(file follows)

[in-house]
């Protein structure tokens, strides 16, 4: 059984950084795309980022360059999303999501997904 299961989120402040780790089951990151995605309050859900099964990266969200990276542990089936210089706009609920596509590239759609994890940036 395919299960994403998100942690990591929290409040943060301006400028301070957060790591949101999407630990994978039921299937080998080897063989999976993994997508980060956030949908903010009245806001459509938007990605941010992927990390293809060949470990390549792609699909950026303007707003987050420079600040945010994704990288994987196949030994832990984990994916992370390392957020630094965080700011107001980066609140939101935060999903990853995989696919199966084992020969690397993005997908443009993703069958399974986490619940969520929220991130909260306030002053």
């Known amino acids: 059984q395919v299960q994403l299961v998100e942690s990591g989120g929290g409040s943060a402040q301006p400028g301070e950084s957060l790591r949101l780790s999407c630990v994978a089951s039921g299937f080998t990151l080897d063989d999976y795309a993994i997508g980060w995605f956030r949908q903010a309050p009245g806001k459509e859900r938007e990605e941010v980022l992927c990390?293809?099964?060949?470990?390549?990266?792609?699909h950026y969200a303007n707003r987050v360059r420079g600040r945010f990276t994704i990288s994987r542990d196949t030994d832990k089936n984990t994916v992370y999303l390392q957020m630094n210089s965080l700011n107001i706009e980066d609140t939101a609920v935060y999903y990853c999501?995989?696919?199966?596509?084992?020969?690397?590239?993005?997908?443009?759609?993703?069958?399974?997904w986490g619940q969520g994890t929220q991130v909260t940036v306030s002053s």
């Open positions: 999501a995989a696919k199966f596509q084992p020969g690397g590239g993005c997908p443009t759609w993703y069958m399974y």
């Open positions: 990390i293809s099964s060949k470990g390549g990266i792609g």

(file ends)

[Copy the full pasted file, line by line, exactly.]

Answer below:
[in-house]
């Protein structure tokens, strides 16, 4: 059984950084795309980022360059999303999501997904 299961989120402040780790089951990151995605309050859900099964990266969200990276542990089936210089706009609920596509590239759609994890940036 395919299960994403998100942690990591929290409040943060301006400028301070957060790591949101999407630990994978039921299937080998080897063989999976993994997508980060956030949908903010009245806001459509938007990605941010992927990390293809060949470990390549792609699909950026303007707003987050420079600040945010994704990288994987196949030994832990984990994916992370390392957020630094965080700011107001980066609140939101935060999903990853995989696919199966084992020969690397993005997908443009993703069958399974986490619940969520929220991130909260306030002053």
């Known amino acids: 059984q395919v299960q994403l299961v998100e942690s990591g989120g929290g409040s943060a402040q301006p400028g301070e950084s957060l790591r949101l780790s999407c630990v994978a089951s039921g299937f080998t990151l080897d063989d999976y795309a993994i997508g980060w995605f956030r949908q903010a309050p009245g806001k459509e859900r938007e990605e941010v980022l992927c990390?293809?099964?060949?470990?390549?990266?792609?699909h950026y969200a303007n707003r987050v360059r420079g600040r945010f990276t994704i990288s994987r542990d196949t030994d832990k089936n984990t994916v992370y999303l390392q957020m630094n210089s965080l700011n107001i706009e980066d609140t939101a609920v935060y999903y990853c999501?995989?696919?199966?596509?084992?020969?690397?590239?993005?997908?443009?759609?993703?069958?399974?997904w986490g619940q969520g994890t929220q991130v909260t940036v306030s002053s």
């Open positions: 999501a995989a696919k199966f596509q084992p020969g690397g590239g993005c997908p443009t759609w993703y069958m399974y």
């Open positions: 990390i293809s099964s060949k470990g390549g990266i792609g």